Introduction to Graphs

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Graphs are basically an abstract data type. They are an organisation of data points and relation between them. In more mathematical sense, graphs are a set of nodes/vertices connected by edges that mey be directed or undirected.


Let us first dive into the technicalities of graphs before getting into the Algorithms and Applications of graphs. So, we get ourselves acquainted with the terminologies and representation techniques of graphs in this section.


It is important to first get acquainted with teh various terminologies associated with graphs before actually diving into the algorithms and concepts associated with graphs.

  • Refer to this article to get a hang of the various terminologies associated with graphs.
  • Refer to this article to get familiar with the various definitions associated with graphs.


There are several ways to represent graphs that are suitable under different scenarios. We take a look at each of them one by one -

  • Pictorial Representation - Such a representation involves diagrams that shows nodes connected by edges. But such diagrams are not feasible when the graph consists of a lot of nodes and edges. This is just used as a visualisation technique for small graphs.
  • Adjacency Matrix - This is a V*V matrix (V - number of vertices) that stores Boolean values 1 and 0 if there is an edge between two vertices and if there is no edge respectively. This can be modified depending on the use. For example, one can store the number of edges between two vertices or the weights associated with edges between two vertices, but in essence, it is basically, trying to maintain on O(1) lookup for adjacency between two vertices.
  • Adjacency List - This is basically a structure consisting of V lists such that each of them stores the vertex number of all the adjacent vertices in the form of a list. This kind of representation is extremely useful in Graph Algorithms as we will see later.

  • To get a brief introduction to representation of graphs, head here.
  • Head here for a more in depth analysis of the representation techniques of graphs.
  • For a complete introduction to various terms, definitions and representation techniques of graphs, this is an extremely useful tutorial.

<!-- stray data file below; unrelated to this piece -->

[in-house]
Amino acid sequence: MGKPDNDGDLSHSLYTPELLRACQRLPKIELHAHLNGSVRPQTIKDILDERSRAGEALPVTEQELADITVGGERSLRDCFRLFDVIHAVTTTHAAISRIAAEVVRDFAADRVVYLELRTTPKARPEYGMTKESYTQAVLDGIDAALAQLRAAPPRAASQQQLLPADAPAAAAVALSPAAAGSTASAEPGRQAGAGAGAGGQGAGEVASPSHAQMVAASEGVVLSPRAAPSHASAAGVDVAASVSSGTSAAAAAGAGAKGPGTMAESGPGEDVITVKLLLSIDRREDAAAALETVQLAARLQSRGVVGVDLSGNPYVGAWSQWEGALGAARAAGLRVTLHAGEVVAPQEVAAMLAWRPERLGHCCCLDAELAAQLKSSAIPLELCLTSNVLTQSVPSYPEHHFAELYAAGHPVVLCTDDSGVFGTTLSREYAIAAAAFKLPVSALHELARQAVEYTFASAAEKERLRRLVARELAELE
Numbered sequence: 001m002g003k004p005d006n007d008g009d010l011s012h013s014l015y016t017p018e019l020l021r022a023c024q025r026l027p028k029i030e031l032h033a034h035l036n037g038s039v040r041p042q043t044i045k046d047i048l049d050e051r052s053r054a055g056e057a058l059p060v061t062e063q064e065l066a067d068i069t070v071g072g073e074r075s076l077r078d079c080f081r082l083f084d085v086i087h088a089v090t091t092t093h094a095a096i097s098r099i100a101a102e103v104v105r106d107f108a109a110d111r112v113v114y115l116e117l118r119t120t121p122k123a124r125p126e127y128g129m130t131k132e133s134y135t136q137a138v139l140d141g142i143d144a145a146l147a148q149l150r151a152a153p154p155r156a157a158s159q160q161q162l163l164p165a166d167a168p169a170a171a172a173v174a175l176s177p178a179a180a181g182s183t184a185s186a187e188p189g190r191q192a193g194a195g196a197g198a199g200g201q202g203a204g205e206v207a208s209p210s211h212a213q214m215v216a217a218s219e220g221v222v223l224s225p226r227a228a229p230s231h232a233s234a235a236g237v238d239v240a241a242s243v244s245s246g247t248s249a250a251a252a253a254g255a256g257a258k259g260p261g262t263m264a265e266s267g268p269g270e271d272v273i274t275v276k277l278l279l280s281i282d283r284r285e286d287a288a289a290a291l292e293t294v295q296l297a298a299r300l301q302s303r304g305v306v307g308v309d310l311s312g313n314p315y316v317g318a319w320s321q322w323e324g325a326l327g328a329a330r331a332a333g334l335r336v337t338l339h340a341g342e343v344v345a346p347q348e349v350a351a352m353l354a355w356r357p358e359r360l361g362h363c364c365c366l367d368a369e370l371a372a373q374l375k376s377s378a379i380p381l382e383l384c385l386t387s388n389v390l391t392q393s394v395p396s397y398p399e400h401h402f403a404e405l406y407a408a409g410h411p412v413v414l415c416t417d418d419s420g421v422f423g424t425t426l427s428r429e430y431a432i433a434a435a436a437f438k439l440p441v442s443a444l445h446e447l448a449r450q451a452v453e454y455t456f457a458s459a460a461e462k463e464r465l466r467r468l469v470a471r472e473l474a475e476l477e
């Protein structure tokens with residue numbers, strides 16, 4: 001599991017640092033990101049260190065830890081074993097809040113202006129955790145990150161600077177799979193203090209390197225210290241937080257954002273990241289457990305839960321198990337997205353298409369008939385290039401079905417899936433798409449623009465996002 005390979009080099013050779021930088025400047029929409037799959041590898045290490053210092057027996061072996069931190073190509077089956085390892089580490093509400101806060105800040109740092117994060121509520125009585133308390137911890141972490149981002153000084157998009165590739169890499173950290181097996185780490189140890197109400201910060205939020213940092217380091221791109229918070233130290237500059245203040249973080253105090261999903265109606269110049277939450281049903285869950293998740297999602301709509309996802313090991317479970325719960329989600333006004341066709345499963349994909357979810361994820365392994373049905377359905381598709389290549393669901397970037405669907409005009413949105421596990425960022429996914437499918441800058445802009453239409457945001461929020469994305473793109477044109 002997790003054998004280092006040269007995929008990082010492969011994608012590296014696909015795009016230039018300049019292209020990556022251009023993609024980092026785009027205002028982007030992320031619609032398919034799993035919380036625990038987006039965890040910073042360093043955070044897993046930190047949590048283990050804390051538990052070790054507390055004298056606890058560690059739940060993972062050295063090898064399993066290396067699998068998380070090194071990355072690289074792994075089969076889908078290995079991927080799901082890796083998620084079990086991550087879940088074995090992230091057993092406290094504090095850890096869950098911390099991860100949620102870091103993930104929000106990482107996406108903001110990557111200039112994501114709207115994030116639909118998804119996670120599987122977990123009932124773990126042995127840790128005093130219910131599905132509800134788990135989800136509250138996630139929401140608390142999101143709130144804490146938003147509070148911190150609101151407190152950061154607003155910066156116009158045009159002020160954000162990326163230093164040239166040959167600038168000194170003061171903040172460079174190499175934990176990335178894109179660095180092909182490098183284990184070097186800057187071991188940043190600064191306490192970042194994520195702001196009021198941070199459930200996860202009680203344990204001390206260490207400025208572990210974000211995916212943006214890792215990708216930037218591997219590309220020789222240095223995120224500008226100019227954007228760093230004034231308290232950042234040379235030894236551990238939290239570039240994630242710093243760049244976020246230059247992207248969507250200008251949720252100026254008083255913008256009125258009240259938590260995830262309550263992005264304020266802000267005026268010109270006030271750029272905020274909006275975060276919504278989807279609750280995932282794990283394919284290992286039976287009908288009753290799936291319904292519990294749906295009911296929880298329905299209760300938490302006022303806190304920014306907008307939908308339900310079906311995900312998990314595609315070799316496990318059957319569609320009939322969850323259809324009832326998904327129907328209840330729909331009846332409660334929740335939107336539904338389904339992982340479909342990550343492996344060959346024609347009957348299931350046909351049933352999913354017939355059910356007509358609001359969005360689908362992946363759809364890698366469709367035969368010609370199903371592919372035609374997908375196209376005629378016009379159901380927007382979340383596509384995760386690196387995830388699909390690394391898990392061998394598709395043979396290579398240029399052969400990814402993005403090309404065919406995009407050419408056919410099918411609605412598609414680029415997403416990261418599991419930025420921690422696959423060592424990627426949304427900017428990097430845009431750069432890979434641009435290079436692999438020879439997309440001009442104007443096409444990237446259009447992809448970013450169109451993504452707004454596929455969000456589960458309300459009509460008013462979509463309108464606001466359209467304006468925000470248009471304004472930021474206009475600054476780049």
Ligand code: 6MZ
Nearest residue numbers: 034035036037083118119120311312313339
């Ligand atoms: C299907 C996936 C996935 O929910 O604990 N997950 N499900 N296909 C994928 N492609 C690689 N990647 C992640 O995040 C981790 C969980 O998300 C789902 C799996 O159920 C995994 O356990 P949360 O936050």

We now start exploring the various algorithms beginning with traversal techniques on graphs in the next section.

Graph Traversal

Let us say that we want to understand the connectivity in graphs and reach out to each node and explore the edges associated with it, then we would definitely want to organise things and traverse in a defined manner on the graph. There are two techniques for graph traversals that are extremely common in the world of graphs which we explore next.

Depth First Search

It is often abbreviated as DFS and we use this henceforth. Depth First Search involves visiting vertices in the parent child grandchild order. This is pretty useful when we want to identify heirarchical properties of the tree and derive the parent-child relation of the nodes. It is widely used in practice majorly beacause it can be simulated using recursion as explained in the articles linked in this section.

  • This tutorial gives insights into Breadth First Search Traversal.

We now discuss DFS specifically for Binary Trees where we talk about three kinds of DFS techniques -

  • In Order Traversal (Left Root Right) - This involves DFS in the Left Subtree, root and then DFS in the Right Subtree.
  • Post Order Traversal (Left Right Root) - This involves DFS in the Left Subtree, DFS in the Right Subtree and then the root.
  • Pre Order Traversal (Root Left Right) - This involves root, DFS in the Left Subtree and then DFS in the Right Subtree.

This simulation is extremely useful in understanding the three types of order of traversals that we talked about.

Breadth First Search

It is often abbreviated as BFS which we use henceforth. Breadth First Search involves visiting vertices on one level first, followed by vertices on the next level. Basically, this can be thought of as visiting edges in order of their heights or distance from the root. Such a traversal is useful when we want to evaluate distance from root or generation level of a vertex from the root. It is an extremely useful search technique. A slight modification in BFS can give rise to several of the algorithms including Prim's Algorithm and Dijekstra as we will see later.

  • Refer to this tutorial for insights into Breadth First Search Traversal.
  • This article gives a detailed introduction to Traversal Algorithms.

Shortest Path Algorithms

Let us frst try to think about the problem rather than directly jumping into the algorithm. Say, given any two nodes, we want to find out the shortest path between these two nodes. A path distance is evaluated as the sum of all edge weights that were encountered on the way between the two nodes. Now, on an unweighted graph, this was easy in the sense that a simple DFS/BFS wo give us the distance but not on a weighted graph.

Dijkstra's Algorithm

Basically, this is a modification of the Breadth First Search Algorithm. Instead of visiting nodes in a level wise manner, we act greedily on the distance from root. At any point of time, we select a node with the minimum distance from root and traverse one edge from this node and evaluate the distances. This kind of greedy work allows us to reach the destination node in the shortest possible time.

This is implemented using a priority queue that always allows us to select the least distant node in O(logn) time.

  • This article gives a brief introduction to Dijkstra Algorithm.
  • This advanced tutorial gives complete information about Dijkstra's Algorithm.
  • This tutorial explains the implementation of the algorithm on Sparse Graphs.

Directed Acyclic Graph

It is often abbreviated as DAG which we use henceforth. It is basically a graph with directed edges and no cycles. It is widely applicable to various sets of problems. One of the main reason is the topological ordering of the nodes in which every node any edge in the graph is from some node on the left to the right in the ordering of nodes.

Topolgical Sort